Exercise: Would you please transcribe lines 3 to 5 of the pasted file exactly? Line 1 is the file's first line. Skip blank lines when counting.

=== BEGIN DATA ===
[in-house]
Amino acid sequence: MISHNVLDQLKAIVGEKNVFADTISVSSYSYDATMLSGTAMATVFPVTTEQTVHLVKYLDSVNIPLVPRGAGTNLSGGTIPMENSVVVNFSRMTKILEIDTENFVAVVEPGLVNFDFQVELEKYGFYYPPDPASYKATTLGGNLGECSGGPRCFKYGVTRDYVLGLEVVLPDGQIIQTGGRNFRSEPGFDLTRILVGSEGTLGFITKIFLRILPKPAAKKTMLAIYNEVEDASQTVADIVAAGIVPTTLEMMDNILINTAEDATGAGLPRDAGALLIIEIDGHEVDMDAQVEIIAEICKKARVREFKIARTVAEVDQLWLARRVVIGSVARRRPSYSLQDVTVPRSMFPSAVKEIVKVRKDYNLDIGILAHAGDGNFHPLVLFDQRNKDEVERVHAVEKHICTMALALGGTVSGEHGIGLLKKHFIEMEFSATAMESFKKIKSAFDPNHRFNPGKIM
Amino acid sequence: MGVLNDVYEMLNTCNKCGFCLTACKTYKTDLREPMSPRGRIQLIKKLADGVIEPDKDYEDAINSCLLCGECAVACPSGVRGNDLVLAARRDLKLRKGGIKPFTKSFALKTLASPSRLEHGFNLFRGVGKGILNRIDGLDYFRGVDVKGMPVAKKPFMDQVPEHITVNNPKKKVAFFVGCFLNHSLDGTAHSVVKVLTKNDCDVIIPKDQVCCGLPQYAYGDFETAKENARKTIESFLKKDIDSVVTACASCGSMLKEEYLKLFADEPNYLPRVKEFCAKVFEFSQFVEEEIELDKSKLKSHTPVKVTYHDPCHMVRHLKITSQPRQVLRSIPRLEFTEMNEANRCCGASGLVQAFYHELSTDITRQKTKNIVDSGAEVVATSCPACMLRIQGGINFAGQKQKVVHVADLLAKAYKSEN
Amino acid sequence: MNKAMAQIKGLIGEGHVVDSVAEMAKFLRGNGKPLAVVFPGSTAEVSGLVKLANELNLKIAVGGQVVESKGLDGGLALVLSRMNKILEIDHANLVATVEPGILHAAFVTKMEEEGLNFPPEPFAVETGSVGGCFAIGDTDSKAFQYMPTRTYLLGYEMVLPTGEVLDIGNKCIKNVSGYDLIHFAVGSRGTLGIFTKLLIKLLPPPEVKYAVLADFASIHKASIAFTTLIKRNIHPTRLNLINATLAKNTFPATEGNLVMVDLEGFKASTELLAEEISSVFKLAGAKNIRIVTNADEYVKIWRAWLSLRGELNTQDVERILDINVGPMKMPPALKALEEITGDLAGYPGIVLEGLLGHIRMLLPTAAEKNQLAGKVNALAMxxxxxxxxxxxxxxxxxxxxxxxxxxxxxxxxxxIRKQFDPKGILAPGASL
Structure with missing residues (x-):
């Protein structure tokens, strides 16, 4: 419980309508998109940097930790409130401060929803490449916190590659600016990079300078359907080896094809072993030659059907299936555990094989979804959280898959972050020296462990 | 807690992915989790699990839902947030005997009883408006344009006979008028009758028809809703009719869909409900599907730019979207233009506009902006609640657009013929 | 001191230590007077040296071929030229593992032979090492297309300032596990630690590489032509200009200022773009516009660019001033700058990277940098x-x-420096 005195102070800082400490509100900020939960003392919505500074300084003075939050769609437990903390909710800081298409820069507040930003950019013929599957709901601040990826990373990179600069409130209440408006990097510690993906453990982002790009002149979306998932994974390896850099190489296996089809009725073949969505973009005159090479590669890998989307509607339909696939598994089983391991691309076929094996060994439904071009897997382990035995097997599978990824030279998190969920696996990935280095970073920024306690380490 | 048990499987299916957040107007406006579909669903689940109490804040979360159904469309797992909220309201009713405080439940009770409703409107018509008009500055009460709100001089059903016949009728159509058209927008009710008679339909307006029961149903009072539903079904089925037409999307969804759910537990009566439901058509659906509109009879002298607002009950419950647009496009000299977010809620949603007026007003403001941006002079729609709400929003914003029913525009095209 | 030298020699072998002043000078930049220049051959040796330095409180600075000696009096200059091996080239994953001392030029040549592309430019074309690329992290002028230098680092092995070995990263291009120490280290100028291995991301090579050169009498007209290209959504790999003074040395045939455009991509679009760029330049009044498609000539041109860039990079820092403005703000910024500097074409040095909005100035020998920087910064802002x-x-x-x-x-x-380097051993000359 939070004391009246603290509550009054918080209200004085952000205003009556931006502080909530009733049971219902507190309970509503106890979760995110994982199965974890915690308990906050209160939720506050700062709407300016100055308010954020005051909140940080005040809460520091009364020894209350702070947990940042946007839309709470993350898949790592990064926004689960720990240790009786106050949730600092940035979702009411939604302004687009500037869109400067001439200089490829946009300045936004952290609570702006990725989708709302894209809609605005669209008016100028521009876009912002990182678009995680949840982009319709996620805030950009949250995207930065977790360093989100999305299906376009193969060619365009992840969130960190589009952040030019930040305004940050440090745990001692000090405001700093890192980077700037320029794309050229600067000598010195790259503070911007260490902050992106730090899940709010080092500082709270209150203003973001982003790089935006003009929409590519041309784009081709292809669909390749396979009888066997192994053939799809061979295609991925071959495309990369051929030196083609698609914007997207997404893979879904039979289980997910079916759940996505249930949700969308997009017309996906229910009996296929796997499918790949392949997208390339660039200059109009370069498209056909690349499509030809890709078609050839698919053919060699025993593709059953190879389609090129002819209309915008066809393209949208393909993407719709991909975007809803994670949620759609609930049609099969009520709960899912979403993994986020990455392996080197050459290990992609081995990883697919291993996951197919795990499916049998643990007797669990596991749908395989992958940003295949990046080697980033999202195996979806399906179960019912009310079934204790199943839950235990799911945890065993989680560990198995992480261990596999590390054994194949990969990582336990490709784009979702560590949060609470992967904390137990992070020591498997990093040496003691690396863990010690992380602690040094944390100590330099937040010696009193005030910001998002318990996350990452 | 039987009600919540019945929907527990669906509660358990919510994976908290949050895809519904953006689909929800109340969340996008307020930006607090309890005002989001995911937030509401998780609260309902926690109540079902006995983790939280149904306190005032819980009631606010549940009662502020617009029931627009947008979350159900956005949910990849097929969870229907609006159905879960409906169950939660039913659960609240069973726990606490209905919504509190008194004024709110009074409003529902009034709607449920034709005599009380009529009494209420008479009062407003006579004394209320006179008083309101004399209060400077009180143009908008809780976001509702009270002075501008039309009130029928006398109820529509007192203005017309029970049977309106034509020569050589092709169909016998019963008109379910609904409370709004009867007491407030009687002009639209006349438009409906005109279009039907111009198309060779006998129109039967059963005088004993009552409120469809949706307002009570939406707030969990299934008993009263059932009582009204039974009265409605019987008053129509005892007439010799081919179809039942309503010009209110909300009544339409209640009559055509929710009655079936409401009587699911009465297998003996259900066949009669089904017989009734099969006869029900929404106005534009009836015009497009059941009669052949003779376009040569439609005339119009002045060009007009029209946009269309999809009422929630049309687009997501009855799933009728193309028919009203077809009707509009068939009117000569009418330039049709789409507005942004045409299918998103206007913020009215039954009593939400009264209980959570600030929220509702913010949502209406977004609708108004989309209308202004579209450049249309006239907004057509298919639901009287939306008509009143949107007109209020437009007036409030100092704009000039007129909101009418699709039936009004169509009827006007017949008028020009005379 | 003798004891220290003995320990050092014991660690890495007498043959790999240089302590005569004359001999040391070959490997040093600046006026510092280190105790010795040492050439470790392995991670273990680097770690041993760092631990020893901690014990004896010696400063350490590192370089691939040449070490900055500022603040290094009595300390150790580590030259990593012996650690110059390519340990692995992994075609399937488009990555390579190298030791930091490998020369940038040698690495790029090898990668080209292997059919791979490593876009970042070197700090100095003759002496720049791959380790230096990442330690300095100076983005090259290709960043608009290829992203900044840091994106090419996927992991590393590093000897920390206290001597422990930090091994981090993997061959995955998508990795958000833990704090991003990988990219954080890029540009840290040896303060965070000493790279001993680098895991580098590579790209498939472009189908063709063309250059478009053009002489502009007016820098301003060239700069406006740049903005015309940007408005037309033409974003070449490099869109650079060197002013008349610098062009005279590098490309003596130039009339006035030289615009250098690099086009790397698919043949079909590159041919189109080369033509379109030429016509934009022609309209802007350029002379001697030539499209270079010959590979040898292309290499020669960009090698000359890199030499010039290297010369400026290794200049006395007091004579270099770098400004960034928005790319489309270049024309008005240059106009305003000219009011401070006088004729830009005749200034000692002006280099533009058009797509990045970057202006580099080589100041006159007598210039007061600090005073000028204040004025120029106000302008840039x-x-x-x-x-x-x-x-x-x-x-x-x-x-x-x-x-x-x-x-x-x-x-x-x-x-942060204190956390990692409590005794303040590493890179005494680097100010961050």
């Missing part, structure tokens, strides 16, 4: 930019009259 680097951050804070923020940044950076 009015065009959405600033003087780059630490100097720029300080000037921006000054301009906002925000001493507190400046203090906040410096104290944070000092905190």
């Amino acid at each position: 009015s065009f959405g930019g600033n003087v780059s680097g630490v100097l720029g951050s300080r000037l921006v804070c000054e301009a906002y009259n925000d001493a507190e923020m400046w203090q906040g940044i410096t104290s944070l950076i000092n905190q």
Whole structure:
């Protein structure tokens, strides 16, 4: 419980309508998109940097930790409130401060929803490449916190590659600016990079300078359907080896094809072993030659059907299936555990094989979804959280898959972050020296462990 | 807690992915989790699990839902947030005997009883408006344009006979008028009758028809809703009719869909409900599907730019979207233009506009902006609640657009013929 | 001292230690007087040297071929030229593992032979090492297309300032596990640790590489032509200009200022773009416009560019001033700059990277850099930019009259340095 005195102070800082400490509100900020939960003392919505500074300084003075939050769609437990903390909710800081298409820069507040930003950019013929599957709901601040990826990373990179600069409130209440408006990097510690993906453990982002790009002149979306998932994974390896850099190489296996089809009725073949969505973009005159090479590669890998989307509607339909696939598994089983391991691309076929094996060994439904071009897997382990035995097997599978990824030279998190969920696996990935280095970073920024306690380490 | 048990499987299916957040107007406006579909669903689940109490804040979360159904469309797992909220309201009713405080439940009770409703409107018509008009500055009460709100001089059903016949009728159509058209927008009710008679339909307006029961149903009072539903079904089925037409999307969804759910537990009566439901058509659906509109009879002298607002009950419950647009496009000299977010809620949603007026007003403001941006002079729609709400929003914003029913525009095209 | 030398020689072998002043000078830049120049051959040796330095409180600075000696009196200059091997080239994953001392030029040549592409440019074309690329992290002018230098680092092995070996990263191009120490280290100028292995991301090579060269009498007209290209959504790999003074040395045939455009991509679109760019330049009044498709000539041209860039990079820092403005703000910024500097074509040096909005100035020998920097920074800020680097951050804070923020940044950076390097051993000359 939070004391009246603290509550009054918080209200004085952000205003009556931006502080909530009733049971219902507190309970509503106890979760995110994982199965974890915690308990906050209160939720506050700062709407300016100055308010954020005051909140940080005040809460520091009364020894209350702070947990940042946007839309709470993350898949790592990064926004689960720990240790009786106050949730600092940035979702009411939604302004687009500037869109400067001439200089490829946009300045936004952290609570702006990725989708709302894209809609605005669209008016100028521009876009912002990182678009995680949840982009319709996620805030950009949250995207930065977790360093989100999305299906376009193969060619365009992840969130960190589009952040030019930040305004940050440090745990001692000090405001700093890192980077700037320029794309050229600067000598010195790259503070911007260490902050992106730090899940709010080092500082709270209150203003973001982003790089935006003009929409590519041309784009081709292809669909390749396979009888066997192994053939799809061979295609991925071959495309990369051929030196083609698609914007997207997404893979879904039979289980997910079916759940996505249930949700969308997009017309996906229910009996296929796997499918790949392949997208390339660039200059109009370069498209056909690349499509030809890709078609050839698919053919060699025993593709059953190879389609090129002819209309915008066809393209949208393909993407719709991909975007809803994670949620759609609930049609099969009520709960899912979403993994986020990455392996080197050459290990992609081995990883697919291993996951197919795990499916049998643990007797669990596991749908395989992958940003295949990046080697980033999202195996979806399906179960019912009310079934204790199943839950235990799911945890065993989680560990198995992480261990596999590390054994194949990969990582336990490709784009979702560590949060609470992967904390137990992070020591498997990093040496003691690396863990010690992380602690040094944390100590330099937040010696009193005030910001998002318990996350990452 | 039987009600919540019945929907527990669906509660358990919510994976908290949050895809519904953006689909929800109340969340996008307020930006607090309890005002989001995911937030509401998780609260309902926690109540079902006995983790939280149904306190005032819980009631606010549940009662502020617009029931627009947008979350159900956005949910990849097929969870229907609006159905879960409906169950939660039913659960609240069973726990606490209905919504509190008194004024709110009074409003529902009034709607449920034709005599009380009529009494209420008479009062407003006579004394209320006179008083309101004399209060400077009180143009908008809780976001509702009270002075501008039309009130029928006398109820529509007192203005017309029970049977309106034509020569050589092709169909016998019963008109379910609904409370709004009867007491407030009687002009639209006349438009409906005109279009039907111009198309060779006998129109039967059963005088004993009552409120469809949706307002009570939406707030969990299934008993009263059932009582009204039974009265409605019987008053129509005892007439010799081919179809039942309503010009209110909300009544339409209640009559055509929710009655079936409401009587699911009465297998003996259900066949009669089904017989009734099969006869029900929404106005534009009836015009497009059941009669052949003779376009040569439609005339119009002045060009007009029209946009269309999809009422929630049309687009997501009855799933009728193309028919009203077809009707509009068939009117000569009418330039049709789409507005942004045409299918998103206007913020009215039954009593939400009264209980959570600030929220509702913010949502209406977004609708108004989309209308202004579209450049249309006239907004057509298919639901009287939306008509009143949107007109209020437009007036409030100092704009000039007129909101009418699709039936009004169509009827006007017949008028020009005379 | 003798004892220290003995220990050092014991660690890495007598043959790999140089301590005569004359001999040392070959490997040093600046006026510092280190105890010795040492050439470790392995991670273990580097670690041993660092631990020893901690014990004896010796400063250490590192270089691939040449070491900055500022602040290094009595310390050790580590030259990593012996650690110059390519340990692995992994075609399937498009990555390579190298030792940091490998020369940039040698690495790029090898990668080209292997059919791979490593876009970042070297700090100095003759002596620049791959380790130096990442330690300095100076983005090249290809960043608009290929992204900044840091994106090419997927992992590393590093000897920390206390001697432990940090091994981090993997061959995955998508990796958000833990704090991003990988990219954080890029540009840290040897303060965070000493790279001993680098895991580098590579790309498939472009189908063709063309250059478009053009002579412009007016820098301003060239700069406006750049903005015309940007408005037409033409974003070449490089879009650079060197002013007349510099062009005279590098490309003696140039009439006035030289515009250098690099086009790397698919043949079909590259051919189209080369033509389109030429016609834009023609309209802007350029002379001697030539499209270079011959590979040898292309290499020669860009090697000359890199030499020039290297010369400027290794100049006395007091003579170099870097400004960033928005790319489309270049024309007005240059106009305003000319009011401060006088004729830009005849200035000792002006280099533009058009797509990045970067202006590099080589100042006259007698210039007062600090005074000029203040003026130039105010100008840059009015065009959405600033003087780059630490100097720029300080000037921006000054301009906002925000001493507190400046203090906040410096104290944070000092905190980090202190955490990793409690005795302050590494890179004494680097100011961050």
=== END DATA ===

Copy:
Amino acid sequence: MGVLNDVYEMLNTCNKCGFCLTACKTYKTDLREPMSPRGRIQLIKKLADGVIEPDKDYEDAINSCLLCGECAVACPSGVRGNDLVLAARRDLKLRKGGIKPFTKSFALKTLASPSRLEHGFNLFRGVGKGILNRIDGLDYFRGVDVKGMPVAKKPFMDQVPEHITVNNPKKKVAFFVGCFLNHSLDGTAHSVVKVLTKNDCDVIIPKDQVCCGLPQYAYGDFETAKENARKTIESFLKKDIDSVVTACASCGSMLKEEYLKLFADEPNYLPRVKEFCAKVFEFSQFVEEEIELDKSKLKSHTPVKVTYHDPCHMVRHLKITSQPRQVLRSIPRLEFTEMNEANRCCGASGLVQAFYHELSTDITRQKTKNIVDSGAEVVATSCPACMLRIQGGINFAGQKQKVVHVADLLAKAYKSEN
Amino acid sequence: MNKAMAQIKGLIGEGHVVDSVAEMAKFLRGNGKPLAVVFPGSTAEVSGLVKLANELNLKIAVGGQVVESKGLDGGLALVLSRMNKILEIDHANLVATVEPGILHAAFVTKMEEEGLNFPPEPFAVETGSVGGCFAIGDTDSKAFQYMPTRTYLLGYEMVLPTGEVLDIGNKCIKNVSGYDLIHFAVGSRGTLGIFTKLLIKLLPPPEVKYAVLADFASIHKASIAFTTLIKRNIHPTRLNLINATLAKNTFPATEGNLVMVDLEGFKASTELLAEEISSVFKLAGAKNIRIVTNADEYVKIWRAWLSLRGELNTQDVERILDINVGPMKMPPALKALEEITGDLAGYPGIVLEGLLGHIRMLLPTAAEKNQLAGKVNALAMxxxxxxxxxxxxxxxxxxxxxxxxxxxxxxxxxxIRKQFDPKGILAPGASL
Structure with missing residues (x-):